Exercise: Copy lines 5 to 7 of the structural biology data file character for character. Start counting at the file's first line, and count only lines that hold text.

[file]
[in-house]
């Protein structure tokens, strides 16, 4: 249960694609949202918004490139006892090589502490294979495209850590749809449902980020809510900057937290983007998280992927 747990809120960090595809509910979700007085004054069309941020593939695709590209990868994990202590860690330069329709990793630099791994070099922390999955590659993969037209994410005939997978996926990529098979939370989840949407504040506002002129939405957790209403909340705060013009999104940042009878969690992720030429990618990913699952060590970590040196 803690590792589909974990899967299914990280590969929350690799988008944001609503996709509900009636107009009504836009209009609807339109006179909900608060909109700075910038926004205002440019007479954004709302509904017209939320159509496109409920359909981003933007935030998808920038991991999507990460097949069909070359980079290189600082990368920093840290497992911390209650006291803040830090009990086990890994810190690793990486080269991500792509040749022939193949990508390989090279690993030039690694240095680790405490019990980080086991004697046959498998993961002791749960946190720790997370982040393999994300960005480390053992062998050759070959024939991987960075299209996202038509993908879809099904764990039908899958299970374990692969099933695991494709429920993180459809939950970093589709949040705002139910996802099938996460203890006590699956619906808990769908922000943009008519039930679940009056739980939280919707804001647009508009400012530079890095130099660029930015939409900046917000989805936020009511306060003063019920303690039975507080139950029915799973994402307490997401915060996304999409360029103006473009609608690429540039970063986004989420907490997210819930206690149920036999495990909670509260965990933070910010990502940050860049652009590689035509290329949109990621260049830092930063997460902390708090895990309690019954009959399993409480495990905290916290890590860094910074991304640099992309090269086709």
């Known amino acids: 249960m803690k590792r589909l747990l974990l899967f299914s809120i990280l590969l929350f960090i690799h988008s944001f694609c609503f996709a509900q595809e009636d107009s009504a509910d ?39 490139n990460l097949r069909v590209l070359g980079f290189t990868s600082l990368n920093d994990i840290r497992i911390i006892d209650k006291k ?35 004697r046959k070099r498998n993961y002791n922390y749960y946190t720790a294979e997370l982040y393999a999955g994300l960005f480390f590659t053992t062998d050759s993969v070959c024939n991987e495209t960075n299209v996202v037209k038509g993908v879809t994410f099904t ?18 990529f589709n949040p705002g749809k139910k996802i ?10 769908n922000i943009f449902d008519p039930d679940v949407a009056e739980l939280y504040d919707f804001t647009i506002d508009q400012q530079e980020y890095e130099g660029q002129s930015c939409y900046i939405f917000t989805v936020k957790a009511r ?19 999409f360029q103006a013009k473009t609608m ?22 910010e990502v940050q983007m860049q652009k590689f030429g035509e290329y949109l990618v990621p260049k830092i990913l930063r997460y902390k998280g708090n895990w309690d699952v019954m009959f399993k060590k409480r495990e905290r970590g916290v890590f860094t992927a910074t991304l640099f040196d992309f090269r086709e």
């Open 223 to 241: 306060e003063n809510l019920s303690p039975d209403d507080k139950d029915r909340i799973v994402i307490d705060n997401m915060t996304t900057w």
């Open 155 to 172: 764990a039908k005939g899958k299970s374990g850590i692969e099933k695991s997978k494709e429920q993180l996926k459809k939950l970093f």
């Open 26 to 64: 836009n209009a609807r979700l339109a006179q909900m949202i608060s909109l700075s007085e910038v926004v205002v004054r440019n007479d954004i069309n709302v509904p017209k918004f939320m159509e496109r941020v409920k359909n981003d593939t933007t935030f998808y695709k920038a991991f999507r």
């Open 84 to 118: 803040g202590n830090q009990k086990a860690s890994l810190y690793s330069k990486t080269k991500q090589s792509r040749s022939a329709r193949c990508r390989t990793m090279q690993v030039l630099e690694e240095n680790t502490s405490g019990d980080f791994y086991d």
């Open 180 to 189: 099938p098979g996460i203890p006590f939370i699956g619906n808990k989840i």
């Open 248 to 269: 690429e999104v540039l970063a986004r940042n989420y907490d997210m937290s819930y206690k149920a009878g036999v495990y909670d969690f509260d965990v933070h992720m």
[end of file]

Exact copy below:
């Open 155 to 172: 764990a039908k005939g899958k299970s374990g850590i692969e099933k695991s997978k494709e429920q993180l996926k459809k939950l970093f």
């Open 26 to 64: 836009n209009a609807r979700l339109a006179q909900m949202i608060s909109l700075s007085e910038v926004v205002v004054r440019n007479d954004i069309n709302v509904p017209k918004f939320m159509e496109r941020v409920k359909n981003d593939t933007t935030f998808y695709k920038a991991f999507r």
């Open 84 to 118: 803040g202590n830090q009990k086990a860690s890994l810190y690793s330069k990486t080269k991500q090589s792509r040749s022939a329709r193949c990508r390989t990793m090279q690993v030039l630099e690694e240095n680790t502490s405490g019990d980080f791994y086991d």